Frits Seegers, chief executive of retail and commercial banking at Barclays, said that Expobank's existing relationships and infrastructure would provide a platform to break into the sector in Russia. He described the country as "one of the world's fastest growing economies and a market we have been keen to enter for some time."
Barclays will pay about ?373 million ($745 million) for Expobank from its own funds. The transaction coefficient (the balance between the price and the acquisition's own capital) is 4, record-high on the Russian market of mergers and acquisitions for the past 18 months.
Absolut Bank was sold to Belgium's KBC at a coefficient of 3.8, and the deal to sell a 30% stake in Rosbank to French banking group Societe Generale was closed with a coefficient of 3.3.
The average transaction coefficient as of late 2007 was 2.5, and experts say it has dwindled to 2.1 at the beginning of 2008. There are several reasons for the trend: large foreign investors have started saving money because of the liquidity crisis, there are no promising Russian banks for sale, and few buyers are ready to pay much for a second-tier bank.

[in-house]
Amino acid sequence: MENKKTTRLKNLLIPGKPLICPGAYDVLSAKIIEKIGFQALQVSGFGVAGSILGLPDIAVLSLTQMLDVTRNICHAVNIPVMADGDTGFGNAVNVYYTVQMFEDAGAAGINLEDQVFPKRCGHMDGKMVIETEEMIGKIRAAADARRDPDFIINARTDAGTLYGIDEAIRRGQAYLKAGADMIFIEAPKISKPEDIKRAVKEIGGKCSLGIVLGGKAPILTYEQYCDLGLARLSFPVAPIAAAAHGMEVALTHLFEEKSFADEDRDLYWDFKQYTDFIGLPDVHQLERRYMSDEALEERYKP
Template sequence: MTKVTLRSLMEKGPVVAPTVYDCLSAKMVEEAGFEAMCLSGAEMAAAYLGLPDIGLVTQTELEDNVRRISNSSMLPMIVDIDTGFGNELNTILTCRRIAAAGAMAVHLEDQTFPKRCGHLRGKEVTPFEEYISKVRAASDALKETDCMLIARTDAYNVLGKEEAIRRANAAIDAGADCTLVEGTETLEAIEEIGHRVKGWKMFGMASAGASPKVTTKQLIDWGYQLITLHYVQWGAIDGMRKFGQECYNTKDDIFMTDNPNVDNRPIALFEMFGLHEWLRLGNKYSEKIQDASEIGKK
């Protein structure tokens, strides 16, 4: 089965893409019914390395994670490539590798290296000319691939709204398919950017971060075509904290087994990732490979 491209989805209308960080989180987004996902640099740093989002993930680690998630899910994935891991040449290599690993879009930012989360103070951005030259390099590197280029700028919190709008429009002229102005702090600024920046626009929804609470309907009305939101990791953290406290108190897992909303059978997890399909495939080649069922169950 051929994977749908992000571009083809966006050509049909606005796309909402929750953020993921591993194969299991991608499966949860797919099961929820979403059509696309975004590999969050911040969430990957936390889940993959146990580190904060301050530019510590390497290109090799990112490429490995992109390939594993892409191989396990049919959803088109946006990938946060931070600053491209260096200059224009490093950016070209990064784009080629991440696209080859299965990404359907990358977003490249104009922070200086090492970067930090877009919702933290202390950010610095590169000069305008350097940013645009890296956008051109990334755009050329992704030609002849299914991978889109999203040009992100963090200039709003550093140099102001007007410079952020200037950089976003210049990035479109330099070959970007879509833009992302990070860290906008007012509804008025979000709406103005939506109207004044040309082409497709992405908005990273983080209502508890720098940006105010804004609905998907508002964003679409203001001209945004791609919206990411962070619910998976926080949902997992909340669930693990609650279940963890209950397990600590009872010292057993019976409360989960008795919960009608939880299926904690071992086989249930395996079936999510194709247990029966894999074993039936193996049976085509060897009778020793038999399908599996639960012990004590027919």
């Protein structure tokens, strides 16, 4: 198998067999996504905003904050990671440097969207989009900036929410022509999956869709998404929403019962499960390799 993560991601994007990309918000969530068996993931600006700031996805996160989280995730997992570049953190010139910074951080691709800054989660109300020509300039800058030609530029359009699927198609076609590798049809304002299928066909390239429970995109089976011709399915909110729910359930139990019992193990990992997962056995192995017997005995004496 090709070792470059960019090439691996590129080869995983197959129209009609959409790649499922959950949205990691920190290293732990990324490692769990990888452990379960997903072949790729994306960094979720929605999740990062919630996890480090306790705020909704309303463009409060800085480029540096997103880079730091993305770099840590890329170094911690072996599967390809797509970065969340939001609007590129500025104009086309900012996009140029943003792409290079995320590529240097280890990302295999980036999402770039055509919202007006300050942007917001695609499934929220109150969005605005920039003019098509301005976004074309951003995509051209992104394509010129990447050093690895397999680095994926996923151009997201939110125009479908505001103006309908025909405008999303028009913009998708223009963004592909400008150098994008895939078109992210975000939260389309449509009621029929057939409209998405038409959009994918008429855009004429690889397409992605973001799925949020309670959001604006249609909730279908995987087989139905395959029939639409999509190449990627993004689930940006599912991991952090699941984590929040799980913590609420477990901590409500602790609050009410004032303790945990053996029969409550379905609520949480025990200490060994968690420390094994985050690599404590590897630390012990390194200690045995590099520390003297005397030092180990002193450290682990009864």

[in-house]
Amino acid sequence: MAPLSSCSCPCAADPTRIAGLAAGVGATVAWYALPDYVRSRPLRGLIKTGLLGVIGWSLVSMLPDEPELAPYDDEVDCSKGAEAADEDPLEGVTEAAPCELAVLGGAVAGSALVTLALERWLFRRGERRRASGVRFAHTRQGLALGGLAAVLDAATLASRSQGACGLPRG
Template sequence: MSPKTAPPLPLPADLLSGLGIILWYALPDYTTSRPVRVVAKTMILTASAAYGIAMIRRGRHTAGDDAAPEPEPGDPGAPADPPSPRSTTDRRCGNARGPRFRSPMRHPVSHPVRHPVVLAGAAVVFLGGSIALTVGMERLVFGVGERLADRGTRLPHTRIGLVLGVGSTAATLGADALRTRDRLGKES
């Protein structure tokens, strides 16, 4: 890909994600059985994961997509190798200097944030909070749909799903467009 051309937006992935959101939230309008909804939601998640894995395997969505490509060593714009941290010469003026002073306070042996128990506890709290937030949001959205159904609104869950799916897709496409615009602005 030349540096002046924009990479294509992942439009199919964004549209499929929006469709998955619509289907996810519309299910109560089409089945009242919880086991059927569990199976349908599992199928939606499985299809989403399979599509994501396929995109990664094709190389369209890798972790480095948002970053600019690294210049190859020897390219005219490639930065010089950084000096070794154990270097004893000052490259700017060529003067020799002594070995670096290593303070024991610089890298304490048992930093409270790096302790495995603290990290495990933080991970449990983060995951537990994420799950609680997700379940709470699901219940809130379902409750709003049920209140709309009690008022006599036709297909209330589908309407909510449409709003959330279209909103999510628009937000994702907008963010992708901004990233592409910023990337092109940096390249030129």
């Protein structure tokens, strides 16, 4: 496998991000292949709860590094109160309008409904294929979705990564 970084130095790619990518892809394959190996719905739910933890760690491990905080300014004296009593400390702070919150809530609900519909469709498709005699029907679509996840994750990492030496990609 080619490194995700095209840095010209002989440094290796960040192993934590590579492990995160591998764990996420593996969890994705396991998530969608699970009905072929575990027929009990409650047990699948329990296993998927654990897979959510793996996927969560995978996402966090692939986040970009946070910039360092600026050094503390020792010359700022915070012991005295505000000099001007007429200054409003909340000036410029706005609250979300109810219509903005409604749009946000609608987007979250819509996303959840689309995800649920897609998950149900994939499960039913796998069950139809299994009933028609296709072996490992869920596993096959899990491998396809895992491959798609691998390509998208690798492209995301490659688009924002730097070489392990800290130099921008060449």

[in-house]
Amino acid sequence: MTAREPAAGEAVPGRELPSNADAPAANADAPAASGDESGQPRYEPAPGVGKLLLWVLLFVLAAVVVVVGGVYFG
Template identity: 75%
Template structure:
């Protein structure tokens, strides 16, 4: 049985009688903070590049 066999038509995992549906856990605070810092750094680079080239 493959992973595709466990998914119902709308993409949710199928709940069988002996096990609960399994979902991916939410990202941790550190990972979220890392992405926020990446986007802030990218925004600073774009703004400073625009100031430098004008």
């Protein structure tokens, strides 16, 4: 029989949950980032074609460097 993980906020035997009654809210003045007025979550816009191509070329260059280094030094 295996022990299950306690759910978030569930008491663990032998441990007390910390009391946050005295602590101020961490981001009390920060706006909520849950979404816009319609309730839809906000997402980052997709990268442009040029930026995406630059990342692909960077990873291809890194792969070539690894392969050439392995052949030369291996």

Despite the relatively low rankings of Expobank, it cannot be considered a second-tier bank, above all because it has been consistently increasing its share on the retail banking market. According to the May 2007 ranking prepared by the RosBusinessConsulting (RBC) news agency, Expobank was one of the 10 most dynamically growing banks in 2003-2007. RBC also ranked it 23rd best deposit bank in the first quarter of 2007.
The bank's other strong points are a broad network of branch offices and a huge number of ATMs in Moscow.
Marc Van der Plas, head of corporate finance at the international auditor KPMG, said that had made Expobank a highly attractive acquisition.
Its position is unique for a medium-range bank, because of its place on the market of credit and debit cards and its success potential. At the same time, its focus on small and medium-sized companies and its regional and clients base make it very attractive for growth on the rising Russian market of banking services, the KPMG official said.
Barclays has bought Expobank not only because of its exceptional advantages. The U.K. bank made its first attempt to get a foothold on the Russian market before the 1998 financial crisis, which stopped Barclays in its tracks.
The decision saved it from losses, but now it will have to start from scratch, unlike long-livers on the Russian market such as Raiffeisenbank and Societe Generale. Barclays is starting its Russian business when its rivals have skimmed the milk and individual borrowing rates are falling.
Starting a greenfield project can cost Barclays a lot now that the world's largest financial structures have to be more thrifty and calculating.
The opinions expressed in this article are the author's and do not necessarily represent those of RIA Novosti.